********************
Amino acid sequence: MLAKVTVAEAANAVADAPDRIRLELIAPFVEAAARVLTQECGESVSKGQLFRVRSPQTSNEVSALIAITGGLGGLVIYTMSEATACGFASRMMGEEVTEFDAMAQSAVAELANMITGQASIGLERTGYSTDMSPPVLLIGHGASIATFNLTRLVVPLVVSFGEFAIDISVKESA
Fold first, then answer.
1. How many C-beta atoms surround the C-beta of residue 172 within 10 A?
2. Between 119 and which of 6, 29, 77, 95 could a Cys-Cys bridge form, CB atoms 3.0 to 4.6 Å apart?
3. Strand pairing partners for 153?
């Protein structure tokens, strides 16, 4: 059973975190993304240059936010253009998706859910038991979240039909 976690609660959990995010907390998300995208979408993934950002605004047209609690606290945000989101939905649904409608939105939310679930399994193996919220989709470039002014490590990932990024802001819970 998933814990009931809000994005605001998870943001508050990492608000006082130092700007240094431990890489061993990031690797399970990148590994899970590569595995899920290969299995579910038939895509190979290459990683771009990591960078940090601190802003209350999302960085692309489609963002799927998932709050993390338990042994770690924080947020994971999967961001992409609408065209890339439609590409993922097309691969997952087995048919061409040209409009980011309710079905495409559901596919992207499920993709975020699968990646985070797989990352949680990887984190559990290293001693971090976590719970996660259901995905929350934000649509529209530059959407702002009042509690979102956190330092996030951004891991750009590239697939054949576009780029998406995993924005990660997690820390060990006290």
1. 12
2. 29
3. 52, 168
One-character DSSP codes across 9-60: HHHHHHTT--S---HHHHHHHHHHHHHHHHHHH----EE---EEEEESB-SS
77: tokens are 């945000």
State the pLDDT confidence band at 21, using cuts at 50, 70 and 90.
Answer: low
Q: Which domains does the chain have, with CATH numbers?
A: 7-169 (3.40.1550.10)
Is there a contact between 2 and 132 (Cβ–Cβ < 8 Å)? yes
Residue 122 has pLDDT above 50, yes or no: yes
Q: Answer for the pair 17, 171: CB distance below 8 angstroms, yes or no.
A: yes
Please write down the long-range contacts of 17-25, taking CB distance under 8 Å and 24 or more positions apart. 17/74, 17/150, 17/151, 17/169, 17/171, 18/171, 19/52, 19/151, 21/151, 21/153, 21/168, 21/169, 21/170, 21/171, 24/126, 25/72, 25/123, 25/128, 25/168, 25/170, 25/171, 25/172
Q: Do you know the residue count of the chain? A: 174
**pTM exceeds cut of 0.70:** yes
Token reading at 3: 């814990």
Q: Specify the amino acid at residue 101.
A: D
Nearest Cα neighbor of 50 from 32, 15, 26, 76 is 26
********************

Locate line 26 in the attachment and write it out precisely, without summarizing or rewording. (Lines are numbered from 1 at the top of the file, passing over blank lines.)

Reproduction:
Nearest Cα neighbor of 50 from 32, 15, 26, 76 is 26